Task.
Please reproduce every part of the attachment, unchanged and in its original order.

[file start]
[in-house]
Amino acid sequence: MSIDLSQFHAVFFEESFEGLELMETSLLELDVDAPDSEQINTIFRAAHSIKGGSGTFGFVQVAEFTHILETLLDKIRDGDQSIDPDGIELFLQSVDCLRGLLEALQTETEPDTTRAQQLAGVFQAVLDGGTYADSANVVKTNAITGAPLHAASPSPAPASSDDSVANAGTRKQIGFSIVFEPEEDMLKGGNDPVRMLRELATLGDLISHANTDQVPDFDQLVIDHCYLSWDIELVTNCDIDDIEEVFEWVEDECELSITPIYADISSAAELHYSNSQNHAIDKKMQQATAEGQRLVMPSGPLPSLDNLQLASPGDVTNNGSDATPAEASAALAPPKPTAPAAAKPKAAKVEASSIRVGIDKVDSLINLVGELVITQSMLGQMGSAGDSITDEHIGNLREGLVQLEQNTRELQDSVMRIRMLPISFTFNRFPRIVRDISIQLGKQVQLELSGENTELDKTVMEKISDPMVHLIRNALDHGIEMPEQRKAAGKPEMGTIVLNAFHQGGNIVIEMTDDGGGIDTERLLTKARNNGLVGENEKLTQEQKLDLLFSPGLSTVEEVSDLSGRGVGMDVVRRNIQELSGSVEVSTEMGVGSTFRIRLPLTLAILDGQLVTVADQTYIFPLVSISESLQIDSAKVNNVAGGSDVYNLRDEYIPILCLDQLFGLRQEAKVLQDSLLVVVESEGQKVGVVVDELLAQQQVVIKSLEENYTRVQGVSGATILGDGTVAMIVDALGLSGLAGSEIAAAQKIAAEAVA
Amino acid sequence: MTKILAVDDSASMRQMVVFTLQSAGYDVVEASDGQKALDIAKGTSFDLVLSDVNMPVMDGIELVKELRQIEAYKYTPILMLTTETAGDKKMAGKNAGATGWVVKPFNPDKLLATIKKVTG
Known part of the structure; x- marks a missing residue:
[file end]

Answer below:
[in-house]
Amino acid sequence: MSIDLSQFHAVFFEESFEGLELMETSLLELDVDAPDSEQINTIFRAAHSIKGGSGTFGFVQVAEFTHILETLLDKIRDGDQSIDPDGIELFLQSVDCLRGLLEALQTETEPDTTRAQQLAGVFQAVLDGGTYADSANVVKTNAITGAPLHAASPSPAPASSDDSVANAGTRKQIGFSIVFEPEEDMLKGGNDPVRMLRELATLGDLISHANTDQVPDFDQLVIDHCYLSWDIELVTNCDIDDIEEVFEWVEDECELSITPIYADISSAAELHYSNSQNHAIDKKMQQATAEGQRLVMPSGPLPSLDNLQLASPGDVTNNGSDATPAEASAALAPPKPTAPAAAKPKAAKVEASSIRVGIDKVDSLINLVGELVITQSMLGQMGSAGDSITDEHIGNLREGLVQLEQNTRELQDSVMRIRMLPISFTFNRFPRIVRDISIQLGKQVQLELSGENTELDKTVMEKISDPMVHLIRNALDHGIEMPEQRKAAGKPEMGTIVLNAFHQGGNIVIEMTDDGGGIDTERLLTKARNNGLVGENEKLTQEQKLDLLFSPGLSTVEEVSDLSGRGVGMDVVRRNIQELSGSVEVSTEMGVGSTFRIRLPLTLAILDGQLVTVADQTYIFPLVSISESLQIDSAKVNNVAGGSDVYNLRDEYIPILCLDQLFGLRQEAKVLQDSLLVVVESEGQKVGVVVDELLAQQQVVIKSLEENYTRVQGVSGATILGDGTVAMIVDALGLSGLAGSEIAAAQKIAAEAVA
Amino acid sequence: MTKILAVDDSASMRQMVVFTLQSAGYDVVEASDGQKALDIAKGTSFDLVLSDVNMPVMDGIELVKELRQIEAYKYTPILMLTTETAGDKKMAGKNAGATGWVVKPFNPDKLLATIKKVTG
Known part of the structure; x- marks a missing residue: